3 Things That Future Cars Won’t Have

Since electric cars are still taking the world by storm, I think our cars will become easier to use over time. Some people might find that scary, but others, including myself, find it interesting. If transportation methods are made more accessible, they should work better and last longer. So, now that we know that let’s talk about what parts of cars we’re used to that will start to go away in the next couple of years.

Future Cars

1. Brakes

No, I’m not a murderer, but I do think that in the future, your everyday commuter car won’t have brakes (disc or drum) but will instead use regenerative braking and possibly some active aerodynamics to slow down in a way that is safe and efficient.

People might find this strange, but we should all take a second to remember that cars didn’t always have four brakes. When cars were first made, they were so slow that two brakes in the front were enough. We started to think about adding another pair in the back when cars got faster. But since vehicles now have electric motors, it doesn’t take much to use those motors to slow down a vehicle.

Future Cars

When you combine this with a simplified air brake that increases air resistance, we won’t need standard brakes anymore, and our cars will be very efficient and won’t need brake work every 30,000 miles. One of the biggest problems with that idea is that vehicles have been getting heavier and heavier over the years, especially since they’ve been getting these big rechargeable batteries.

Still, I don’t think it will be long before the average weight of vehicles starts to go down as battery density increases and computer technology keeps getting smaller.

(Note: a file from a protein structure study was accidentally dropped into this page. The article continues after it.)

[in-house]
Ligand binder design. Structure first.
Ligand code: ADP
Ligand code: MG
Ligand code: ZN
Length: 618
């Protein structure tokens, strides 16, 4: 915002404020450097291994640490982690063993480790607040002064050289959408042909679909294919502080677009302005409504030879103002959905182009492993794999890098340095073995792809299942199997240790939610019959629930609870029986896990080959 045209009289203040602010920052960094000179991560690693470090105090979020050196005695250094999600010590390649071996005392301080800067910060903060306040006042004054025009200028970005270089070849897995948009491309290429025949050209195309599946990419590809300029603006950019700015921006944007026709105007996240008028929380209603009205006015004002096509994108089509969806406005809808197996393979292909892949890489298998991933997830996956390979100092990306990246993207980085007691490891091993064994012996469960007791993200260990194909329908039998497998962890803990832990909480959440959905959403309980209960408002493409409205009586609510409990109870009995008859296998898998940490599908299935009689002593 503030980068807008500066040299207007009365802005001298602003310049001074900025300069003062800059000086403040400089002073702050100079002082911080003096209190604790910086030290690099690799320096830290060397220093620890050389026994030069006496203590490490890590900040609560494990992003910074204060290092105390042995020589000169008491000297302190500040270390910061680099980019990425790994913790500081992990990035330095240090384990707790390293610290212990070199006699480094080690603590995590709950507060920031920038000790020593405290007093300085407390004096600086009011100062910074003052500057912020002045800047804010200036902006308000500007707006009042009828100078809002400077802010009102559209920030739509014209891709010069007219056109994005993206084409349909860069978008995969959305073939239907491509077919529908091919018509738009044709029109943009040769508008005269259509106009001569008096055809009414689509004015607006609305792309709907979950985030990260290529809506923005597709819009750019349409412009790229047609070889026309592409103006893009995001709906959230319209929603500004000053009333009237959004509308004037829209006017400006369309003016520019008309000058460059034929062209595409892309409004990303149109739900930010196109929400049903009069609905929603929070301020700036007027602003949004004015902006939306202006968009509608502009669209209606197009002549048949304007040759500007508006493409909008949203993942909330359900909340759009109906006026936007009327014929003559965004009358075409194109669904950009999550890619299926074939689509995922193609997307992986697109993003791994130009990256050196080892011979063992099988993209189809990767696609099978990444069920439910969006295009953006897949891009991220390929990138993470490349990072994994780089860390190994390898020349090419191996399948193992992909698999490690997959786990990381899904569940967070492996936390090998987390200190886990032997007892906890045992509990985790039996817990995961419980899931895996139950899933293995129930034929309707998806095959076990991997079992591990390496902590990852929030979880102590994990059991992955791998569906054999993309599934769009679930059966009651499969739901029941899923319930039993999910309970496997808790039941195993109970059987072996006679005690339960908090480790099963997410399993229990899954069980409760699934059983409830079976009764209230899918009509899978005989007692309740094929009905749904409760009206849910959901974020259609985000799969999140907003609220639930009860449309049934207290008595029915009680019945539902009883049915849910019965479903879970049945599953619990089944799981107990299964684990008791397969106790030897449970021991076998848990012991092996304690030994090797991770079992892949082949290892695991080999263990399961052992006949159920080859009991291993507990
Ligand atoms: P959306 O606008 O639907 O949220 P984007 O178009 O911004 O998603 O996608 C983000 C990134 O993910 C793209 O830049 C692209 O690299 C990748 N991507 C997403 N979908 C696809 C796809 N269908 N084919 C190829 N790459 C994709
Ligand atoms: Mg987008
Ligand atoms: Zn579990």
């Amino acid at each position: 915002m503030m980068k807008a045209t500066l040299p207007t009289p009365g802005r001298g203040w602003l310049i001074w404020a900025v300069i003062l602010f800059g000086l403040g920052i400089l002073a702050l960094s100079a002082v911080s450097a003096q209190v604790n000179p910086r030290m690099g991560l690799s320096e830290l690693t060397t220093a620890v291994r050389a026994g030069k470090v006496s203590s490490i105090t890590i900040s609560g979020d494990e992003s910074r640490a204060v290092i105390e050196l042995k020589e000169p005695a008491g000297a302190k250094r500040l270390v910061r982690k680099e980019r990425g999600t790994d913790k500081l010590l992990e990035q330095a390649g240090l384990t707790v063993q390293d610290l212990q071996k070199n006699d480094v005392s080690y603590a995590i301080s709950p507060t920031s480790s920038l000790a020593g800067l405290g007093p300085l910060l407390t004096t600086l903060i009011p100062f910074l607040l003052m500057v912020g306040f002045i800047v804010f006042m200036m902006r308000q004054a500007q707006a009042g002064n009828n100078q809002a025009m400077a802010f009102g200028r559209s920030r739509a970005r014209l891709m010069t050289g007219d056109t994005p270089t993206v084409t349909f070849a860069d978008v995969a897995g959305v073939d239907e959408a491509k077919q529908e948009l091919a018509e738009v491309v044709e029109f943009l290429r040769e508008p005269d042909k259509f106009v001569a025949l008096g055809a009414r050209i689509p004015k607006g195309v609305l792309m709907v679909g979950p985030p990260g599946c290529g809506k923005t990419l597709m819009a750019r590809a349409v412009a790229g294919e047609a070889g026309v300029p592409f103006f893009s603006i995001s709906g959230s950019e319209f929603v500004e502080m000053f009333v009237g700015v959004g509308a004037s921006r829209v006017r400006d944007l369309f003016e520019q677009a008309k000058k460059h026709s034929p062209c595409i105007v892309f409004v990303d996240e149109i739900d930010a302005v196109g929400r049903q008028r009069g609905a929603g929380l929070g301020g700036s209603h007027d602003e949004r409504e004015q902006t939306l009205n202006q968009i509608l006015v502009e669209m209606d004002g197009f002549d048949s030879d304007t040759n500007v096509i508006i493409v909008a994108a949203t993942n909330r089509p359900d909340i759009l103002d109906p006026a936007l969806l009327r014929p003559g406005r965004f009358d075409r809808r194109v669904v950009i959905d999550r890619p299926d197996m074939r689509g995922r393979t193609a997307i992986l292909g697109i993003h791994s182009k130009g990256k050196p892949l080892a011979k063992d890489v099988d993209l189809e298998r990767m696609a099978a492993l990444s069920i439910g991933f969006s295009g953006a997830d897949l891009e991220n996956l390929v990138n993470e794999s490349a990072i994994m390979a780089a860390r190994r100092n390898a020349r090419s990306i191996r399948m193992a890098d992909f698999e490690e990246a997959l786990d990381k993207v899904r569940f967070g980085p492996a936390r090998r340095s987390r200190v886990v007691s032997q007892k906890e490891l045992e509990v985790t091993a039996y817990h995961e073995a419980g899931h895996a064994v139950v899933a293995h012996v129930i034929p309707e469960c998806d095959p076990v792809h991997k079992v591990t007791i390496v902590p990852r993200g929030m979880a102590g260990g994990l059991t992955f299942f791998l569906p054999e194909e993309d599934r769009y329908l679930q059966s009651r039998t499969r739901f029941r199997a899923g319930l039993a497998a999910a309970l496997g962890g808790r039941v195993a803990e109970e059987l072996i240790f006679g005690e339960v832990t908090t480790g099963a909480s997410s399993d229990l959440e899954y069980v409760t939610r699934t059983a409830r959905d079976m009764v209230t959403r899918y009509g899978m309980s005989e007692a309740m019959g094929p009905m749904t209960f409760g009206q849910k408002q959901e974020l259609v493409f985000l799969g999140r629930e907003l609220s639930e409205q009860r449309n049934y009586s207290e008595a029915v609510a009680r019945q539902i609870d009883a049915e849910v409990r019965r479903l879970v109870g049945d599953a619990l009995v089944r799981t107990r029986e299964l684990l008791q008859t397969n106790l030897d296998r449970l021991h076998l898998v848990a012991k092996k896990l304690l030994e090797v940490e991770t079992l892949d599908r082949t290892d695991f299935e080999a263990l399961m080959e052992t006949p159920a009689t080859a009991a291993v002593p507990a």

Future Cars

2. Keys

Even though Tesla’s use of key cards and Ford’s use of a phone app are already signs of this trend, I think it will take off in the next couple of years. New cars will no longer have a place to put a physical key, and they won’t come with any key or key fob either. Instead, we’ll all sign into apps on our phones and use them the same way we use the standard key fob for our push-to-start cars. In general, cars won’t need keys in the future.

Future Cars

3. Side Mirrors

If you ever wanted to make a car that is bad for aerodynamics, all you would have to do is put some side mirrors on it. No, these things must be one of the worst parts of every car. Not only do they make our cars wider in real life, but they also make our vehicles drag a lot more than they need to.

We use side mirrors now to improve safety and avoid accidents. Still, I think that over the next couple of years, once regulations allow it, we’ll see them replaced by sensors like LiDAR and cameras, which are everyone’s favorite.

Future Cars

With small digital devices that can do what mirrors used to do, we can make our future cars more fuel-efficient and make them safer by giving us a better view of what’s happening around them.

Conclusion

As of 2022, cars are very complicated machines. Even the ones with EV powertrains have a lot of electronics, hardware, and other parts that hold everything together. Even though we don’t have a more straightforward car, I think more cars will be made more accessible, starting with these three things!

Future Cars

This is what I think about cars getting easier to use in the future. Now I want to hear what you all think. As technology improves, what do you think cars will start to get rid of? Please leave your thoughts and comments below and tell me what you think!

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